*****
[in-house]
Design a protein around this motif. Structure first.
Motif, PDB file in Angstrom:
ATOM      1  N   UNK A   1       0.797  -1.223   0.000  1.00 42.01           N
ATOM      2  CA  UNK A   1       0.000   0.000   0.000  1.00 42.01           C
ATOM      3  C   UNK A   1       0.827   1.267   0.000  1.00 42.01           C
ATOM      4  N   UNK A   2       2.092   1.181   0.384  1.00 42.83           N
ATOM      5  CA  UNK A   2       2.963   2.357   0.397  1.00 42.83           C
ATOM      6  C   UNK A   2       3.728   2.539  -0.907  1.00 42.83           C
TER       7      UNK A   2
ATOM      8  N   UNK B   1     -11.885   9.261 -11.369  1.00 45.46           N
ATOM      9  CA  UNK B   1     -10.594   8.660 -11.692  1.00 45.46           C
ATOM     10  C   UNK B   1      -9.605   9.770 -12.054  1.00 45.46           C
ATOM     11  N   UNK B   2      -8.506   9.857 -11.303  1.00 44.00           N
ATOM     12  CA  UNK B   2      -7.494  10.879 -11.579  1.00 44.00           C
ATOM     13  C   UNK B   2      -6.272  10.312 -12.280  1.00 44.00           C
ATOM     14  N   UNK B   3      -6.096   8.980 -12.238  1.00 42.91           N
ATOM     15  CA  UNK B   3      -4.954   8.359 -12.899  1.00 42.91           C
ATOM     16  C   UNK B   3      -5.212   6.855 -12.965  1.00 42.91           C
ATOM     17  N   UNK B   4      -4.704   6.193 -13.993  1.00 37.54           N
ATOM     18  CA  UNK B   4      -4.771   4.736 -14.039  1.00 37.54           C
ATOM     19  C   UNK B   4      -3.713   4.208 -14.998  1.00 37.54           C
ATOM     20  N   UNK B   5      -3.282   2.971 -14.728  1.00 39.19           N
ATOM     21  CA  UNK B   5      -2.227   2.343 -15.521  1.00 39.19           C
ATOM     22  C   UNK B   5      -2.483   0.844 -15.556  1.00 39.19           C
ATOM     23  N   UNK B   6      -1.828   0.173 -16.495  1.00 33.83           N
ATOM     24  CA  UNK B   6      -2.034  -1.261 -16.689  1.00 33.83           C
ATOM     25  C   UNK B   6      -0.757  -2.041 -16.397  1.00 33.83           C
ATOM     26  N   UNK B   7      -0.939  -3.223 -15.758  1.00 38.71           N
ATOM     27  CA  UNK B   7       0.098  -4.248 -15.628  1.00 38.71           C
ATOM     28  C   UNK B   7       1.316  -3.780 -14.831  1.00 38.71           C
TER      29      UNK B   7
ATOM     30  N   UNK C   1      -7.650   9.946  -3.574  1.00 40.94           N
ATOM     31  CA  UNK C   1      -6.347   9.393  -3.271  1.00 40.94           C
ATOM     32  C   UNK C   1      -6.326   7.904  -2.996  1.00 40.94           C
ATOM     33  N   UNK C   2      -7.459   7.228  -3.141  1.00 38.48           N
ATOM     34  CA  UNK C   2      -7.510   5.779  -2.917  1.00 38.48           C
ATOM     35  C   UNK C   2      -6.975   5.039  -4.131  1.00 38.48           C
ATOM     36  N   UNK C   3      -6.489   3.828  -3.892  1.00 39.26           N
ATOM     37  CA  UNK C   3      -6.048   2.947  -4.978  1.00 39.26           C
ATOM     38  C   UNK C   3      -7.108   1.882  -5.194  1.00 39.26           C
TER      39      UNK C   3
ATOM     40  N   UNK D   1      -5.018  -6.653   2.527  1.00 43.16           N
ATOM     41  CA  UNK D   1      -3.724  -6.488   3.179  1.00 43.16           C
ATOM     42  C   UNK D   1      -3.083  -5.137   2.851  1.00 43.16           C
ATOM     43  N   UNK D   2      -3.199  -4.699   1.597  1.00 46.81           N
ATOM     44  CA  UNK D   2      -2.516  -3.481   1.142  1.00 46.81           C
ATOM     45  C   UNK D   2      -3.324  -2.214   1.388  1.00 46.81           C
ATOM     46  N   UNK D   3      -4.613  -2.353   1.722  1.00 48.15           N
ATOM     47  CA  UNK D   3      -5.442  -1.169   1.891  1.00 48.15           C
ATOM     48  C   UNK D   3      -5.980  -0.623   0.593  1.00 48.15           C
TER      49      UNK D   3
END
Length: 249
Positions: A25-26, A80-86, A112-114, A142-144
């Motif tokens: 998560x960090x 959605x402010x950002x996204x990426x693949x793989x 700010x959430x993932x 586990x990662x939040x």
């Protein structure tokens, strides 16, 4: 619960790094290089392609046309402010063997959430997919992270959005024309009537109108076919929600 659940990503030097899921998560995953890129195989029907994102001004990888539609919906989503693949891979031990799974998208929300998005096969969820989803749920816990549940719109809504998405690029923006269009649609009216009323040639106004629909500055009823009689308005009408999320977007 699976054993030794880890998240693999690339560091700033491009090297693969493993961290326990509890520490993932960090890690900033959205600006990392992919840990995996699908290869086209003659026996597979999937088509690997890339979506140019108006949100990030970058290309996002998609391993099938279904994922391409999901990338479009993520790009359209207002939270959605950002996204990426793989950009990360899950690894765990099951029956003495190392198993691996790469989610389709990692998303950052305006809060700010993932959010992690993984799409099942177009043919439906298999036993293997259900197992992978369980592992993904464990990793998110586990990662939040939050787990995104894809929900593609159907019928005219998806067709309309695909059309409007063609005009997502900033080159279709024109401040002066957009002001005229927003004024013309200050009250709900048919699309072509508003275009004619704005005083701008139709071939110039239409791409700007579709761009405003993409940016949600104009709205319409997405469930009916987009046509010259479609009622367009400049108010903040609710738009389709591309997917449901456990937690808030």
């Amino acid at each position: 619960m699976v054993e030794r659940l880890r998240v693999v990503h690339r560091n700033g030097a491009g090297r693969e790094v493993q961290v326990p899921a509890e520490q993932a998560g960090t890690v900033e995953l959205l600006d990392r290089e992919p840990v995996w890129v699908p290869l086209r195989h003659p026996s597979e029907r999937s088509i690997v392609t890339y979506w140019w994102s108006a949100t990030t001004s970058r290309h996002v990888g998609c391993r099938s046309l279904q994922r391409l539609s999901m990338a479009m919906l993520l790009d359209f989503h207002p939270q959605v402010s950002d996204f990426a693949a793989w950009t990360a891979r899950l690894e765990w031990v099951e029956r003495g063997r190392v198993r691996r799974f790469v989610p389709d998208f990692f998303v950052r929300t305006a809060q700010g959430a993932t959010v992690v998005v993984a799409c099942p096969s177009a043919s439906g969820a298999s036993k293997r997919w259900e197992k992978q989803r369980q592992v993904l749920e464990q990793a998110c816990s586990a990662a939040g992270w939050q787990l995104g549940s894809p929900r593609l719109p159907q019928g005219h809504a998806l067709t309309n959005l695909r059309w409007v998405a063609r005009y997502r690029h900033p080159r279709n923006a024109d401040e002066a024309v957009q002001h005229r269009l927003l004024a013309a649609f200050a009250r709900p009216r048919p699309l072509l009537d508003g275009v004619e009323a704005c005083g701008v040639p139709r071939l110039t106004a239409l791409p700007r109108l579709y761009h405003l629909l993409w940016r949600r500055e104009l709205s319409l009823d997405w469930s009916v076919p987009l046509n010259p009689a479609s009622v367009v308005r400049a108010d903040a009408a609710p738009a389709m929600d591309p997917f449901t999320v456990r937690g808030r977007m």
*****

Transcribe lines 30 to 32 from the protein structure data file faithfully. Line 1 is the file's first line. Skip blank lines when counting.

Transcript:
ATOM     27  CA  UNK B   7       0.098  -4.248 -15.628  1.00 38.71           C
ATOM     28  C   UNK B   7       1.316  -3.780 -14.831  1.00 38.71           C
TER      29      UNK B   7